JCPenney's new CEO is a good choice because the department store needs a woman in charge after years of 'inability to connect with women shoppers,' analyst says

Business Insider/Mary HanburyExperts say JCPenney’s new CEO has her work cut out for her.
  • JCPenney has hired a new CEO, Jill Soltau.
  • This the first female CEO the company has had, and at least one analyst says that’s cause for celebration.
  • JCPenney has been accused of alienating its core customer, the middle-aged mother, in recent years. The hope now is that Soltau will win back this customer by creating a more targeted shopping experience.

JCPenney just appointed a female CEO, and at least one analyst says that’s cause for celebration.

Jill Soltau, who was formerly CEO of craft and textile retailer Joann Stores, will be taking the position effective October 15.

JCPenney’s stock rallied more than 10% on the news, as investors were likely relieved to hear that the position had been filled after several months of uncertainty.

However, this boost in confidence could also be tied to the fact that for the first time ever, JCPenney has a woman at the helm.

“In our view, putting an experienced female executive in the top role is a sensible move. One of JCPenney’s central problems has been its inability to connect with women shoppers, especially in terms of fashion,” Neil Saunders, managing director of GlobalData Retail, wrote in a note to clients on Tuesday afternoon.

In recent years, JCPenney has been accused of failing to serve its core customer, the middle-aged mother, in its bid to win over younger shoppers. Both experts and its own executives blame this for its current woes.

In a statement to the press on Tuesday, Soltau made it clear that the value-conscious female shopper is going to be front and center in her mind.

“I am highly passionate about the customer and I spent my entire career focused on the needs of a value-based consumer by researching, understanding and meeting her expectations for style, quality and inspiration,” she said.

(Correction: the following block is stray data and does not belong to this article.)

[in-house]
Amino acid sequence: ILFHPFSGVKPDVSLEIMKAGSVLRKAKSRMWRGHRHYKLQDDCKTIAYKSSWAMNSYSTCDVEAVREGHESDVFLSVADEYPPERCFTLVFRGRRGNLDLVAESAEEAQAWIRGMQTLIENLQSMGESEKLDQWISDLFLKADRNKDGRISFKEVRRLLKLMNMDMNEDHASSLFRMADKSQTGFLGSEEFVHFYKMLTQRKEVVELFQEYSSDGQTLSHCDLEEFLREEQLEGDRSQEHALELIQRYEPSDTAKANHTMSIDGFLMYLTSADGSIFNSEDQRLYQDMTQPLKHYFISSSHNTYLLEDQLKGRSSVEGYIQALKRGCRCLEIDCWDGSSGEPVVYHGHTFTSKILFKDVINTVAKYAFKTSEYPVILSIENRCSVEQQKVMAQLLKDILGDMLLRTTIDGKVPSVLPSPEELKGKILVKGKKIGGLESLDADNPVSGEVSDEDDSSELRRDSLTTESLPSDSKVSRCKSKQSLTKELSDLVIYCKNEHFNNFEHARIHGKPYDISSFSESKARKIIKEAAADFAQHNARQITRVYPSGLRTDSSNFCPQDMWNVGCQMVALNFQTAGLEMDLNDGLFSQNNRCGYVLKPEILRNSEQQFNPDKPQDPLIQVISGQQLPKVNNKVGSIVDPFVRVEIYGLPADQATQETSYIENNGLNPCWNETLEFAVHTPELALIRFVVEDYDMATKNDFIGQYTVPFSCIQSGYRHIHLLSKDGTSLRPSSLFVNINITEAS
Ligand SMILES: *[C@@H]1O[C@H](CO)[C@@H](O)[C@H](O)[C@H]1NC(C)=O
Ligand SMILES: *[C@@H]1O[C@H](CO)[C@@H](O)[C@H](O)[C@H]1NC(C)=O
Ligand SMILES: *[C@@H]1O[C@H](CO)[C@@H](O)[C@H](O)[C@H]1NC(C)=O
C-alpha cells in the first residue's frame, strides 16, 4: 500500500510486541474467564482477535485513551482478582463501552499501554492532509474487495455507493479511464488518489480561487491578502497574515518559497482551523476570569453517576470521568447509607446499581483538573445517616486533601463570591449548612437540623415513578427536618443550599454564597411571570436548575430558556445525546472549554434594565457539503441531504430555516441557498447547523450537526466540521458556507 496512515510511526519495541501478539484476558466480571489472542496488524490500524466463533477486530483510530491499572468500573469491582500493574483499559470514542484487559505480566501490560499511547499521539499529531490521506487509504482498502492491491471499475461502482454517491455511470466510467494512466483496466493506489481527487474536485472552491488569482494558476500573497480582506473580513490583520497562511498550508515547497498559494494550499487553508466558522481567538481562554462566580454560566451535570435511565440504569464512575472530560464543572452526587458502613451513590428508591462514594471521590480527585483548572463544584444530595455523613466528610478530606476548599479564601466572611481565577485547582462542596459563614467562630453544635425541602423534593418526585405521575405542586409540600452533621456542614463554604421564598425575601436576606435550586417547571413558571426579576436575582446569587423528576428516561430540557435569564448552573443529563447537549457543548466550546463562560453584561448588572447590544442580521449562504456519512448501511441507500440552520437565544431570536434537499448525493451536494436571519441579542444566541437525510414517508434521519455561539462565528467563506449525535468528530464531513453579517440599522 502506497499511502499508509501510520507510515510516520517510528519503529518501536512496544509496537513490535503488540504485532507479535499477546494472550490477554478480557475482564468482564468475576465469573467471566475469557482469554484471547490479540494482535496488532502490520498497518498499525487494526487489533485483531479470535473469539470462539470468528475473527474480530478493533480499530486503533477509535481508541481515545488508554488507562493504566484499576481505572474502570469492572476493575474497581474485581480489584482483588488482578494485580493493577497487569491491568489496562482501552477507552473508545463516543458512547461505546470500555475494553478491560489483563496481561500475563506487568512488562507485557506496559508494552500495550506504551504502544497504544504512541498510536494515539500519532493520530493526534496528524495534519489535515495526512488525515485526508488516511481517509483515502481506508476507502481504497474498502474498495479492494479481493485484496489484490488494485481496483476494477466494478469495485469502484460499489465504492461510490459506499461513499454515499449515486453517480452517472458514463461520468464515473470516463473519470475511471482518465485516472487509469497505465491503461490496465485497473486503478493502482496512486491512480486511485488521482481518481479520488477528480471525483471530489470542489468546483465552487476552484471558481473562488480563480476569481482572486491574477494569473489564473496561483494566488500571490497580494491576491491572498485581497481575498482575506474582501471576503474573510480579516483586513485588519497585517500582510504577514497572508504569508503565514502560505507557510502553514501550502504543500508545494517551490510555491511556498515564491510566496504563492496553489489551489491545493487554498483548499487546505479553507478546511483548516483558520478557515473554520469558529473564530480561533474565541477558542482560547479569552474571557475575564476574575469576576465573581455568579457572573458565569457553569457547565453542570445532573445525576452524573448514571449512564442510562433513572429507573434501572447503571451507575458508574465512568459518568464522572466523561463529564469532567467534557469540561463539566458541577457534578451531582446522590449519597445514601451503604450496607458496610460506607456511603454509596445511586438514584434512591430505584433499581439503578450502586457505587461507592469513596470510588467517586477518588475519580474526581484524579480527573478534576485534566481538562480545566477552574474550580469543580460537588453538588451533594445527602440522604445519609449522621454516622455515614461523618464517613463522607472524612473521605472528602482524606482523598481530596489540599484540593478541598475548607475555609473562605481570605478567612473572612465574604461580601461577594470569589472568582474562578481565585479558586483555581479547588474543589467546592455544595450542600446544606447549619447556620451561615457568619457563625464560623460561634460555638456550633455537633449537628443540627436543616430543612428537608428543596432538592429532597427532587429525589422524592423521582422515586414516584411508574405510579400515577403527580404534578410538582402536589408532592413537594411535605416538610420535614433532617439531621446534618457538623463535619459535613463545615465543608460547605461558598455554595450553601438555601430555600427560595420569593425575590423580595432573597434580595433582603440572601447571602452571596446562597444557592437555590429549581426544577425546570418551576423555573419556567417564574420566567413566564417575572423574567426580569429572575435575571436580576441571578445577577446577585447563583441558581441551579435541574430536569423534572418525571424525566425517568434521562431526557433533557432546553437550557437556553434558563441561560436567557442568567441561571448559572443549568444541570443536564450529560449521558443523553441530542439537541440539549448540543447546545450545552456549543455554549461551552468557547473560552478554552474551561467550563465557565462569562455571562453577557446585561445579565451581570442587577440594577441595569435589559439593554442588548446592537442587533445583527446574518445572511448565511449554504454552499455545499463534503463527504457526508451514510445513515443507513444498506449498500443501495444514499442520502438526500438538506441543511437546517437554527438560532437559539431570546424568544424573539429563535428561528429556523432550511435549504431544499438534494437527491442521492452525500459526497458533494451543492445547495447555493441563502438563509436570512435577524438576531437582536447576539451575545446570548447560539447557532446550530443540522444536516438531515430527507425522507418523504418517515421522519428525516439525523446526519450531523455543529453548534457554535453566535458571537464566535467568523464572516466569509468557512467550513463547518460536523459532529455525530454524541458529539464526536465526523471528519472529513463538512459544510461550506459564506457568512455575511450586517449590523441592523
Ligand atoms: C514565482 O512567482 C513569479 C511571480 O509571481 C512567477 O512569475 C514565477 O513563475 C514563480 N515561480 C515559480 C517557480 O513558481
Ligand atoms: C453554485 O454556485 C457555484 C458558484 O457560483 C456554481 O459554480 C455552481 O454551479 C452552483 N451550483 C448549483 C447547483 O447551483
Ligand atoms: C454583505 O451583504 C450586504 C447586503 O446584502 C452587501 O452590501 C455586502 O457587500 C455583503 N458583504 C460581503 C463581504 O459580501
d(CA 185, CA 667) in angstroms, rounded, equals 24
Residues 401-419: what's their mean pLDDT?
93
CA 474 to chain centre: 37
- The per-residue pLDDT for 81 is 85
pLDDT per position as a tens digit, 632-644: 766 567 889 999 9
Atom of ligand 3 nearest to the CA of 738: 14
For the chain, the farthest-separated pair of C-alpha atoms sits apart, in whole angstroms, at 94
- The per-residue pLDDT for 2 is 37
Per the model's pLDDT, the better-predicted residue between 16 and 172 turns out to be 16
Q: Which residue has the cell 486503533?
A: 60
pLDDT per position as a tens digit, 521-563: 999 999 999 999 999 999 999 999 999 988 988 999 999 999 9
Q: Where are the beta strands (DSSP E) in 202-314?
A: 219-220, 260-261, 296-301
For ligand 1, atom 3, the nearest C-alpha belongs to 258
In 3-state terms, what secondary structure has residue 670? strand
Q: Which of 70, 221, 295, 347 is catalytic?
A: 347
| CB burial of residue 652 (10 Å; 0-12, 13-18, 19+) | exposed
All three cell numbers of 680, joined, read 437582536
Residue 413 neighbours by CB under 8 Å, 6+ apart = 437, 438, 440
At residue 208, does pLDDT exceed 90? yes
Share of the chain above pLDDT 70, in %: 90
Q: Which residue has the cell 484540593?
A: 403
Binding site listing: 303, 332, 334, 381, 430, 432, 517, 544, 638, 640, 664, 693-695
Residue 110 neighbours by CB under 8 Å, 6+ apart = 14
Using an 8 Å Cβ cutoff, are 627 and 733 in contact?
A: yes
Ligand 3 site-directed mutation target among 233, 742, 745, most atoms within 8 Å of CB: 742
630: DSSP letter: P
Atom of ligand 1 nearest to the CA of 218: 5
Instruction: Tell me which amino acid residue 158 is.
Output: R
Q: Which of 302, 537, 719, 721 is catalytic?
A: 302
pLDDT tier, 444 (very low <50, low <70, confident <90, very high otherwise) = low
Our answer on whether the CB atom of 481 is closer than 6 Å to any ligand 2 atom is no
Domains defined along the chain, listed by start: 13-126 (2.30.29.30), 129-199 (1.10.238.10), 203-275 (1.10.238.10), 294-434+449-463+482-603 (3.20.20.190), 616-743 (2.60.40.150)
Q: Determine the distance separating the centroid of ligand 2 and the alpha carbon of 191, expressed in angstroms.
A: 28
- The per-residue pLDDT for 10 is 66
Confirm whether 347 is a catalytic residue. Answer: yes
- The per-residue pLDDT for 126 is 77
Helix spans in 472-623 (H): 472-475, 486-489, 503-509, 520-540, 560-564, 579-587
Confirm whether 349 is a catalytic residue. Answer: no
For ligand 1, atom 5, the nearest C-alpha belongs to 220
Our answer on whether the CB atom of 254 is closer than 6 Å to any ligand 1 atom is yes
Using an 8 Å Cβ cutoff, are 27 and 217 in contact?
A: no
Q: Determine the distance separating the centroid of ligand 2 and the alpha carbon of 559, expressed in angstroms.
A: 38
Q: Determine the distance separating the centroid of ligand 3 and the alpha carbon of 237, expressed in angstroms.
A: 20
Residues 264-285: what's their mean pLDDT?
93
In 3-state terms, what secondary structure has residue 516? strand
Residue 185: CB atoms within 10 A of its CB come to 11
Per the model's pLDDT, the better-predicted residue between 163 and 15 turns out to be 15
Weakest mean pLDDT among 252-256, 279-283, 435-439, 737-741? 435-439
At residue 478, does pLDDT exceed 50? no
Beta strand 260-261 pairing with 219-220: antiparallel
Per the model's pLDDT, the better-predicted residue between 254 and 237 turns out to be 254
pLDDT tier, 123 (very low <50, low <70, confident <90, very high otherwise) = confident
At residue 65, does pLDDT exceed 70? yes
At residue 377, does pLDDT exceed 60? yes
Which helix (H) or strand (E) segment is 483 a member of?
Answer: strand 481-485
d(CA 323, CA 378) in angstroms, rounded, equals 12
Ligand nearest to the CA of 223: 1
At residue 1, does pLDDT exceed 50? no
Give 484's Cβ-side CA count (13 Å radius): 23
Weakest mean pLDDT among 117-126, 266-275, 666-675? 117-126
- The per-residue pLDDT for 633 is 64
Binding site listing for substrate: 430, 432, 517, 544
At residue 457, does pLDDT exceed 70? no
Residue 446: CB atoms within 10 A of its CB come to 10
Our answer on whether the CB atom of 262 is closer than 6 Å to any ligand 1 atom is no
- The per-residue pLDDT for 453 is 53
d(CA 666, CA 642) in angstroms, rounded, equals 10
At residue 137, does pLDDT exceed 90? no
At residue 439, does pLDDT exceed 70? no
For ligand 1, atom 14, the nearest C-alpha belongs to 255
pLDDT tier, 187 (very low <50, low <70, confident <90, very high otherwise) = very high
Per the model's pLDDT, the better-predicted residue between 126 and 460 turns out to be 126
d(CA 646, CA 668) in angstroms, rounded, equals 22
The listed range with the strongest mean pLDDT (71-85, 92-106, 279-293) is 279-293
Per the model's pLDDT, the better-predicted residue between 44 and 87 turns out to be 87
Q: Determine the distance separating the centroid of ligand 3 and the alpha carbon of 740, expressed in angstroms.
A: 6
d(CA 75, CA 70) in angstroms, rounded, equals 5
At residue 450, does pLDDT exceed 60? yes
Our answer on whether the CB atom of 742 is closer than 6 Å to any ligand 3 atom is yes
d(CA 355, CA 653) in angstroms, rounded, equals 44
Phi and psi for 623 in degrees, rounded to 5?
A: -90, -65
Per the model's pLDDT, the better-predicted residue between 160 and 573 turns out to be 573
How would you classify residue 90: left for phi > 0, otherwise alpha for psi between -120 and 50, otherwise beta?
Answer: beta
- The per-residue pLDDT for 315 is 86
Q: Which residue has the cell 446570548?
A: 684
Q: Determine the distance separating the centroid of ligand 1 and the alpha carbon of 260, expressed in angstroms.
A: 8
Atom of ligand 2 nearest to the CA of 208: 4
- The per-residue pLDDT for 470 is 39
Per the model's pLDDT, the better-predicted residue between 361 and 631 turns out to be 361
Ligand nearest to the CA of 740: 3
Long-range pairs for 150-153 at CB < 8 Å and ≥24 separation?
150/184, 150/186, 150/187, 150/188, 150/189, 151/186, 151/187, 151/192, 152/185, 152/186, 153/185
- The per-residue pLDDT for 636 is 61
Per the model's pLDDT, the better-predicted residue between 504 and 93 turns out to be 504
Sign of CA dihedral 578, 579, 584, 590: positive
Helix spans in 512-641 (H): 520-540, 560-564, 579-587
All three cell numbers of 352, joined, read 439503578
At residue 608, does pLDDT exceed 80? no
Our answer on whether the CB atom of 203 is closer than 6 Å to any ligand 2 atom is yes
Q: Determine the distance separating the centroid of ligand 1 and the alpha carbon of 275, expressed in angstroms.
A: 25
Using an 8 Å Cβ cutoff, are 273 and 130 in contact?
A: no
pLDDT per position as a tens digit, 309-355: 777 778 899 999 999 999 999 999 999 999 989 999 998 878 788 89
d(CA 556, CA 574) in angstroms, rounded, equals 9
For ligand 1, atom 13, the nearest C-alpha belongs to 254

What went wrong

JCPenney store cashierScott Olson / Getty Images

The confusion in JCPenney’s shopping experience over the past few years could be partly attributed to its frequent CEO turnover, experts say. Each one had different visions for the company and for the type of customer that it should be targeting.

Ron Johnson, who was CEO between 2011 and 2013, had arguably the most extreme impact on the business. After his tenure was over, JCPenney was left drowning in debt and reported a $US1.42 billion operating loss in 2013. Johnson tried to make the store more upmarket but ended up alienating its value-conscious customers in the process.

Marvin Ellison, who took the reins in 2015 after a period in which Mike Ullman was brought back as interim CEO, has been widely credited with trimming down its massive debt load. However, some experts say he didn’t do enough to bring back the core customer and clearly define the shopping experience for them.

“He never did the work to really understand and commit to a customer,” Kathy Gersch, executive vice president of the consultancy firm Kotter, told Business Insider.

Gersch believes that Soltau’s top priority should be just this.

“She needs to really understand who the customer is, what they want from JCPenney, and how it goes about taking what they have and creating something unique for that customer,” she said.

“Frankly, it is the same thing that the other past folks that stepped into this needed to do and still haven’t successfully done.”

But many are hoping that Soltau will have an advantage over her predecessors.

“We believe Ms. Soltau will have a far more intuitive understanding of the changes that need to be made than many of those who held the role before her. This, along with her deep experience of retail – especially in terms of merchandising – will prove invaluable in turning the retailer around,” Saunders said.

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